Listen to the Colour of Your Dreams: Part Six


The United States of America, 1968. Back, left–right: Joseph Byrd, Dorothy Moskowitz, Gordon Marron; front, left–right: Ed Bogas, Craig Woodson, Rand Forbes.

Concluding the psychedelic mega-mix based on Jon Savage’s list of “100 mind-expanding masterpieces” (see this post). The last of the six mixes is the third visit to the USA, and features songs from the years 1968 to 1969 arranged in chronological order. As before, the selections from the Savage 100 are in bold, and I’ve added notes about my additions or amendments.

The most notable deviation from Savage’s list in this final collection is the substitution of Lothar and the Hand People for two other groups combining psychedelic music with electronic sounds, Fifty Foot Hose and The United States Of America. Lothar and the Hand People were so named because of their use of theremins; they’re often described as electronic pioneers but I’ve never liked their music very much or thought it was as inventive as people claim. Fifty Foot Hose and The United States Of America are better on all levels, the self-titled USA album is a masterpiece that proved an inspiration for Portishead (listen to Half Day Closing) and Broadcast.

Savage ended his UK list with Can’t Find My Way Home, a song that captured the come-down feeling after the psych fireworks were over. The US list lacked an equivalent resolution, hence the choice of Wooden Ships; where Blind Faith’s lament is a personal one, Jefferson Airplane offer something more global, a pessimistic vision of the future that you can tie to all the other crashing dreams of 1969. It’s also a great song, and a fitting way to bring everything to a close.

US Psychedelia, Part Three by Feuilleton on Mixcloud

Radio news — Grateful Dead drug bust
The Grateful Dead — That’s It For The Other One
Nazz — Open My Eyes (The first single by a band with Todd Rundgren on guitar, and another song from the original Nuggets collection.)
Iron Butterfly — In-A-Gadda-Da-Vida
Fifty Foot Hose — If Not This Time (One of several songs whose unusual chord progressions—some of them inspired by Schoenberg—set them apart from their contemporaries.)
Steppenwolf — Magic Carpet Ride
The Steve Miller Band — Song For Our Ancestors
The United States Of America — The Garden Of Earthly Delights (A paean to poisonous love with a title borrowed from Bosch.)
Tommy James And The Shondells — Crimson And Clover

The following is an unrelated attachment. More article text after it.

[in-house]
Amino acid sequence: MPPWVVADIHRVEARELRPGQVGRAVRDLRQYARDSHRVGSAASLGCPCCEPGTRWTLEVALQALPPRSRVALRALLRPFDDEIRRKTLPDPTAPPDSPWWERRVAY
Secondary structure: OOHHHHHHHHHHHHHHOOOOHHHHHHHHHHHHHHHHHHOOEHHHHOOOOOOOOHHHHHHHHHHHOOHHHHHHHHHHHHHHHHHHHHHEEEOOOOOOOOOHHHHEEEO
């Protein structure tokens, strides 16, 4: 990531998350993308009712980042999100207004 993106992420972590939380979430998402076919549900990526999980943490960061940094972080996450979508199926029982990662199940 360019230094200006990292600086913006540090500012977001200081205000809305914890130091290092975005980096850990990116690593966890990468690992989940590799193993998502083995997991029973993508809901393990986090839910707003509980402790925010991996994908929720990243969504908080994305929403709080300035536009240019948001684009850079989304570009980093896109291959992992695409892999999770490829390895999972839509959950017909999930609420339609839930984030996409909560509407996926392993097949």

White Lightning — William
Spirit — Dream Within A Dream
Skip Spence — War In Peace
The Youngbloods — Darkness, Darkness
Kak — Electric Sailor
Kaleidoscope (US) — Lie To Me (A last nod to the psychedelic sound from an album very aptly entitled Incredible!)
The Grateful Dead — Mountains Of The Moon
Jimi Hendrix — The Star Spangled Banner
Jefferson Airplane — Wooden Ships

Previously on { feuilleton }
Listen to the Colour of Your Dreams: Part Five
Listen to the Colour of Your Dreams: Part Four
Listen to the Colour of Your Dreams: Part Three
Listen to the Colour of Your Dreams: Part Two
Listen to the Colour of Your Dreams: Part One
What Is A Happening?
My White Bicycle
Ogdens’ Nut Gone Flake
Tomorrow Never Knows
The Dukes declare it’s 25 O’Clock!
A splendid time is guaranteed for all

3 thoughts on “Listen to the Colour of Your Dreams: Part Six”

  1. My Lothar and The Hand People compilation has been quietly gathering dust for the best part of thirty years now and so it shall remain….
    Continuing the electronic angle, Hendrix’s studio version of Star Spangled Banner is alleged to have The Silver Apples playing on it;
    the connection being that their drummer played in one of Jimi’s pre-fame bands and that they remained friends afterwards and they were using the same studio at the time of it’s recording

  2. Very sad to hear you’re not a Lothar fan. Generally I don’t think they’re strong suite is wild innovation, so much as amazing songs, beautifully colored by new music tech of their time. Then again, I’m a big fan of country rock & I’d say they’re unheralded pioneers in that field, a field which is generally anathema to exclusively-psychheads. Still, heard this?:

  3. A busy week so I neglected to respond…

    Modzilla: I didn’t know there was a Hendrix/Silver Apples connection. I don’t listen to the latter very much either, even though I have both their 60s’ albums, and they’ve been another Portishead influence.

    Jason: Yes, I’ve got Space Hymns. I think my reaction has been tainted by the claims people make for their use of electronics. They’re obviously pioneers but I think the case has been a little overstated in the past. I’ve never been all that keen on country rock, either, although I’ve grown more used to it over the years. I should probably give Sweetheart of the Rodeo (which I used to hate) another listen.

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